That Fine Line Of Trickery In Digital Marketing: How Not To Cross It!

Updated: February 12, 2021

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Digital marketing can be done a number of different ways.

  • Slow or fast
  • Set or iterative
  • Right or wrong to a degree (of course, there are many different right answers to digital marketing issues)
  • Authentically or trickery

I’m a big fan of running digital marketing in a fast way that’s iterative and actually allows me to figure out the right way for specific audiences.

But today, let’s talk about that fine line between authentic transparency versus trickery.

What’s trickery in digital marketing anyways?

Here’s how I define trickery and digital marketing: when digital marketers implement a tactic that gets people to do things they didn’t intend to do or the tactic is misleading. Of course, digital trickery can actually work short-term, but it’s not a long-term strategy and certainly isn’t customer-focused when done intentionally.

Sometimes it’s unintentional by the marketer, and hopefully that’s the case most of the time. But when it’s done unintentionally, marketers quickly change their tactic.

I’ll give you an example of when I crossed the line myself:

I often run marketing campaigns on my blog- The Authentic Storytelling Project– and often times I use display ads for those campaigns.

One of my ads said:

Should you swear in blog posts?

Then below that were two check boxes – one for ‘yes’ and one for ‘no’.

Of course, the ad was really just a static image and when you clicked ‘yes’ or ‘no’, you ended up going to the blog post that answered that question. Really, you could click anywhere on the ad and get the same journey.

The ad performed really well and I was excited by how many people were caring about the topic. And then Google turned off the campaign because it was misleading. What they explained was that if you have check boxes in your ad, they actually need to work and can’t just be a static element on a static image.

It appeared to me that somebody had reported the ad after they clicked on it and it didn’t do what they expected it to do.

My intent certainly wasn’t to be misleading, but at least one person thought the ad was tricking them into doing something they didn’t expect to be doing.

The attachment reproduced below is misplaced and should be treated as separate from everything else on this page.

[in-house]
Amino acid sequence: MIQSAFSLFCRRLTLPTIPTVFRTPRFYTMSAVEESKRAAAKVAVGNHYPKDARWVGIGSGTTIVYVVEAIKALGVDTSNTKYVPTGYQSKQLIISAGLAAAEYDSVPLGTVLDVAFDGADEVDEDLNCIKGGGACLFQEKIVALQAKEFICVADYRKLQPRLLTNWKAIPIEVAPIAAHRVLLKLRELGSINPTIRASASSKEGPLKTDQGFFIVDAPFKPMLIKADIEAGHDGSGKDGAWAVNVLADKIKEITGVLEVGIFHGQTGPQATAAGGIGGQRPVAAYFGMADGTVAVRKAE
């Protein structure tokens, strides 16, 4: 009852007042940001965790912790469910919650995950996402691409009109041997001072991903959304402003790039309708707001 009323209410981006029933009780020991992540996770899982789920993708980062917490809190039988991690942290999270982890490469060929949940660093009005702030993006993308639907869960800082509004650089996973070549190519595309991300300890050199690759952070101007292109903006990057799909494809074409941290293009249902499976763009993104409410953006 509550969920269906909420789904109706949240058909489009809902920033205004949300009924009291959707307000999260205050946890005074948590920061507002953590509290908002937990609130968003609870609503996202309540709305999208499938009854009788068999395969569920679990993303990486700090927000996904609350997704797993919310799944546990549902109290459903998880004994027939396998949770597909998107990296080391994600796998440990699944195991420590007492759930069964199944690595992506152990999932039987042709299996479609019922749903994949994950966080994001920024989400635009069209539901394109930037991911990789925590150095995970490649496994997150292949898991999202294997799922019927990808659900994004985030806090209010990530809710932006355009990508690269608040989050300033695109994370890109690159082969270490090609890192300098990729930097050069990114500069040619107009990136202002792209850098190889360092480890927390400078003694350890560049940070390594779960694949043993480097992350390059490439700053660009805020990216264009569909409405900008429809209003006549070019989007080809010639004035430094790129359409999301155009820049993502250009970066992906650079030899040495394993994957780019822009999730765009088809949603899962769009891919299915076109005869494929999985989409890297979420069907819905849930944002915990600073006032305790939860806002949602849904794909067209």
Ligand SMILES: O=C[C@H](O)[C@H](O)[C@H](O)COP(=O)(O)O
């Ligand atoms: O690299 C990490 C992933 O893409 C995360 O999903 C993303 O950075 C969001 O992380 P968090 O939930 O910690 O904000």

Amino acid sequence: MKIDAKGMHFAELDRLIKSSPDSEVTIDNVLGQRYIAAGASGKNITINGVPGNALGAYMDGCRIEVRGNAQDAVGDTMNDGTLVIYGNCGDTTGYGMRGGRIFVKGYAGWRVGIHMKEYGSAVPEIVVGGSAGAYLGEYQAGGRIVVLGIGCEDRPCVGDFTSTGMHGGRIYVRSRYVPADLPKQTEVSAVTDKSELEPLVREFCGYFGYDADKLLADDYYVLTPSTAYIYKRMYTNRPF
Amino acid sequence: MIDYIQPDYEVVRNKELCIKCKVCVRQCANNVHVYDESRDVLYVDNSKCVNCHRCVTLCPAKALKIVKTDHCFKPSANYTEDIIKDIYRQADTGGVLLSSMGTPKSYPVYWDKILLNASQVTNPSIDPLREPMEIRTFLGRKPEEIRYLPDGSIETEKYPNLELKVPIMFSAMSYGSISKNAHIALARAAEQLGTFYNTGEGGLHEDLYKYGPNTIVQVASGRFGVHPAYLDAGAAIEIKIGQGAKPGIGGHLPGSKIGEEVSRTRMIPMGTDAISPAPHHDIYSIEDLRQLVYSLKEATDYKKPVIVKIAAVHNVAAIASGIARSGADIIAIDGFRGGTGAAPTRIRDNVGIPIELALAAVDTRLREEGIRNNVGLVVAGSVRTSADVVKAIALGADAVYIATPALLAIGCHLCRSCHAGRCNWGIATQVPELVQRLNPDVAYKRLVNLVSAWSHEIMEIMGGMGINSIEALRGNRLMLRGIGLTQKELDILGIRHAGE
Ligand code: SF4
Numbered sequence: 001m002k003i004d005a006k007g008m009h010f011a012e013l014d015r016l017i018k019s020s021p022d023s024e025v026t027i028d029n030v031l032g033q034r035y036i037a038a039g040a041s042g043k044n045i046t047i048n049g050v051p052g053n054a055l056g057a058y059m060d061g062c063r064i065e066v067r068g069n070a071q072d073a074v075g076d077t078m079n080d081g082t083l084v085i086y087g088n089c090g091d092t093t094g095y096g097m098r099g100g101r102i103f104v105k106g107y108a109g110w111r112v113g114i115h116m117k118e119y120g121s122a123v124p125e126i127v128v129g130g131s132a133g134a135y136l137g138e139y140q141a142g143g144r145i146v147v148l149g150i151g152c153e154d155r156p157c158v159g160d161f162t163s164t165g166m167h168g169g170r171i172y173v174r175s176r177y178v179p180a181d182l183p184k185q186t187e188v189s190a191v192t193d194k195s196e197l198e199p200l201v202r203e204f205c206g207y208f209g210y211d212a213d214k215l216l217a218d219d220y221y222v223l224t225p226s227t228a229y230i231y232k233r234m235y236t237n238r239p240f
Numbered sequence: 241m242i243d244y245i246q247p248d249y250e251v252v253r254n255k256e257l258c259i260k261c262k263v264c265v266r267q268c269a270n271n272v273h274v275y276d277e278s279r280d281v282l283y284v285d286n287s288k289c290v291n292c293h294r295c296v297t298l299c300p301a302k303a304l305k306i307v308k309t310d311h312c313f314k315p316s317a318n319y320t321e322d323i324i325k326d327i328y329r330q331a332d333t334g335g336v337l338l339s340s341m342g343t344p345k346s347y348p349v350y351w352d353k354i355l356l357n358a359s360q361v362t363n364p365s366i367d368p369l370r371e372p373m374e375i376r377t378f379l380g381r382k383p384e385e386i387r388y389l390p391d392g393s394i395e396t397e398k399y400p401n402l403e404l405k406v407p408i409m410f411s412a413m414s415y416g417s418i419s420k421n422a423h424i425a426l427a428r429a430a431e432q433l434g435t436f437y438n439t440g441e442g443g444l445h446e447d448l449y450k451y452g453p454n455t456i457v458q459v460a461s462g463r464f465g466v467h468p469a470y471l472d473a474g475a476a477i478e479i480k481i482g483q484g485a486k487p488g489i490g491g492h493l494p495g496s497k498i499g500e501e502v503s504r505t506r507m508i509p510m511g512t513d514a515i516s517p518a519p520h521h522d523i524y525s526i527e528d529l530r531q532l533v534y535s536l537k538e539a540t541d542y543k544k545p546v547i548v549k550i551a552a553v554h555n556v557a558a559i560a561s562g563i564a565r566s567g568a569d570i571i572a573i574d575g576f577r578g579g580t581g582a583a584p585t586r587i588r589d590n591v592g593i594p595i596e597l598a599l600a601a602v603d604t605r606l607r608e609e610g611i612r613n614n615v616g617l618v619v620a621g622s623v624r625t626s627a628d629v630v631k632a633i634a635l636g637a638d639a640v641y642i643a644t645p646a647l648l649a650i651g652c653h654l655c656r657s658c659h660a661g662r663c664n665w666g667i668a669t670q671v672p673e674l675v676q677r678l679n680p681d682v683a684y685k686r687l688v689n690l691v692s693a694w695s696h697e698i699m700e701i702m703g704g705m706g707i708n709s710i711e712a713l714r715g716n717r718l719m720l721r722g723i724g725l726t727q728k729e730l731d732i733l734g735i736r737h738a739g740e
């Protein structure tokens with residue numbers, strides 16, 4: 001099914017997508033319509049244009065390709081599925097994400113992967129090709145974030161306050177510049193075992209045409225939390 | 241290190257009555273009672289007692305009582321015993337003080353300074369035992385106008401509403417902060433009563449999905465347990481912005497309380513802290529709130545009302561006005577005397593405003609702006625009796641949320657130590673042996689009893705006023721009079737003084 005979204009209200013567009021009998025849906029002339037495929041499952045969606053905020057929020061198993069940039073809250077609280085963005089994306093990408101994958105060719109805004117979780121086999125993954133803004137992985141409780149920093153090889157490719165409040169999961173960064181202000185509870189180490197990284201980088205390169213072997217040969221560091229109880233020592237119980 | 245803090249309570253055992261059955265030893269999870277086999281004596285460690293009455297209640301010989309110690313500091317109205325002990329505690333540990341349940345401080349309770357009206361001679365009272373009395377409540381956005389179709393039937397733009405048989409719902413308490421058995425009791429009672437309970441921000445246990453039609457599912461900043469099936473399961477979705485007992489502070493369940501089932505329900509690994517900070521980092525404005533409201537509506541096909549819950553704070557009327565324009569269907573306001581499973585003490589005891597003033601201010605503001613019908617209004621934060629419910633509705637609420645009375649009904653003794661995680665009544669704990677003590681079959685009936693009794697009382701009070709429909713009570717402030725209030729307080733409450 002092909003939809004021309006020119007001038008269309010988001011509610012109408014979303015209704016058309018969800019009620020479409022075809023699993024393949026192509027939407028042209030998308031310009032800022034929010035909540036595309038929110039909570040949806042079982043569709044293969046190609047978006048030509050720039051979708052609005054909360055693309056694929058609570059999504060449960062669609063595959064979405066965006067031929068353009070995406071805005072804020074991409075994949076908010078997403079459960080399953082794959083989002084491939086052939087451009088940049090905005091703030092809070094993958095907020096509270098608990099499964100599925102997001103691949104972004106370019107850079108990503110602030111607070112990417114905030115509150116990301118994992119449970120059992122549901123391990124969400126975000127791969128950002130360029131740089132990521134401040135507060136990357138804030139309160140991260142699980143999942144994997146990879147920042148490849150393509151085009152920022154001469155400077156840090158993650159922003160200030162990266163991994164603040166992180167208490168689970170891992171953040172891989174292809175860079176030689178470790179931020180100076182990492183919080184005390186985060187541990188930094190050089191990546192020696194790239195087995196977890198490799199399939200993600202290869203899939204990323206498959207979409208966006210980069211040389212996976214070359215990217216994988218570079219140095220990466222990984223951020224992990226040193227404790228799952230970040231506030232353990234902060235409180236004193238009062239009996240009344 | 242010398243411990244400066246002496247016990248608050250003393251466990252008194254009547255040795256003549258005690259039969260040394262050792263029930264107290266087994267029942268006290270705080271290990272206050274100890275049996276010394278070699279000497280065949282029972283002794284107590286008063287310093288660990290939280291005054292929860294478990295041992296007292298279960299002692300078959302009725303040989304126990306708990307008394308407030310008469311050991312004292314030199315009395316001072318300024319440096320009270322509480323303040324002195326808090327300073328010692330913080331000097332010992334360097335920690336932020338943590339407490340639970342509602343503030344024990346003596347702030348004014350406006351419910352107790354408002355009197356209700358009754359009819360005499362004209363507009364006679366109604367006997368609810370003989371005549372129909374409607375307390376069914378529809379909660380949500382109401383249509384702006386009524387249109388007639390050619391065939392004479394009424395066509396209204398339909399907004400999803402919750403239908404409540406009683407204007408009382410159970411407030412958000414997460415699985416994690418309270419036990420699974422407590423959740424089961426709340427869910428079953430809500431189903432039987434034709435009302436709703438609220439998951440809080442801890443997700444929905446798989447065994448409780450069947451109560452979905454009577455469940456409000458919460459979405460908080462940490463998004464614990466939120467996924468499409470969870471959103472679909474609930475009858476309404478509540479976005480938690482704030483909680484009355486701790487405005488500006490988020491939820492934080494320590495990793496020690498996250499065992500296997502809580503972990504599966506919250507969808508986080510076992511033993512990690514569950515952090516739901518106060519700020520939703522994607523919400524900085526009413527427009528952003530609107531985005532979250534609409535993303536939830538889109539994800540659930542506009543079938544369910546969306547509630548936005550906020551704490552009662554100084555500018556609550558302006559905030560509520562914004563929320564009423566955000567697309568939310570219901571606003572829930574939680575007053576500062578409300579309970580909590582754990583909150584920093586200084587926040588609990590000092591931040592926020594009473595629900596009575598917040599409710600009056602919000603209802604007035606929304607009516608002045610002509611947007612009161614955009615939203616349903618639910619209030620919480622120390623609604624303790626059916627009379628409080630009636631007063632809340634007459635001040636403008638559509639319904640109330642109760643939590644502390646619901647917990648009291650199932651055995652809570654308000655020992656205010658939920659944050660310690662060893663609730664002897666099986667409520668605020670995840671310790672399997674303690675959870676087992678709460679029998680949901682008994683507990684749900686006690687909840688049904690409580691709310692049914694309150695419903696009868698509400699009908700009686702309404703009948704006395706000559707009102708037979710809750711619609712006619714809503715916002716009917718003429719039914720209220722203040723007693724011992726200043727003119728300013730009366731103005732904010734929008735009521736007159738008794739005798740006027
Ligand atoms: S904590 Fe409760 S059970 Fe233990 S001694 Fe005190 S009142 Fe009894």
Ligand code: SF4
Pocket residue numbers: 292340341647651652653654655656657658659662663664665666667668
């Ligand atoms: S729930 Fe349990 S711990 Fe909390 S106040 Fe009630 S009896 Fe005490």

Certainly, I worked with the designer to create the ad and then even get some advice on how to place it, and thought about the budget and more. But it didn’t cross my mind that it would be seen as trickery.

However, now I know and won’t run similar ads again. The other thing that’s important once somebody reports that they felt tricked is to promptly understand, learn, and adjust.

In fact, I wonder if when we have highly performing campaigns and are surprised by how well they perform, should we actually go back and review the customer journey to make sure our intent and message is clear and not tricky? Success can also be a sign of failure, I guess. Ultimately, prospects who were tricked into buying, likely won’t continue buying.

I don’t mean to slow down any process and the only way for digital marketing to work is through public implementation. But, consider slowing down for just a moment and thinking about whether or not the content assets about to be published actually hit the intended message.

But of course, good digital marketers get really close to the line of trickery in their ongoing journey to reach relevant audiences. When we optimize with good and customer-focused intentions, that’s okay. Just be sure that if you cross the line by accident to adjust and learn!

This is also another reason to not run digital marketing in a vacuum. Have regular meetings with stakeholders, and talk through concepts and actual steps. Share ideas and strategies to help everyone think through if strategies might work without tricking people.

I actually talked about this concept in my webinar on editorial planning. Click here to watch it.

With that, keep optimizing campaigns but stay on the side of relevance and not annoying or trickery.

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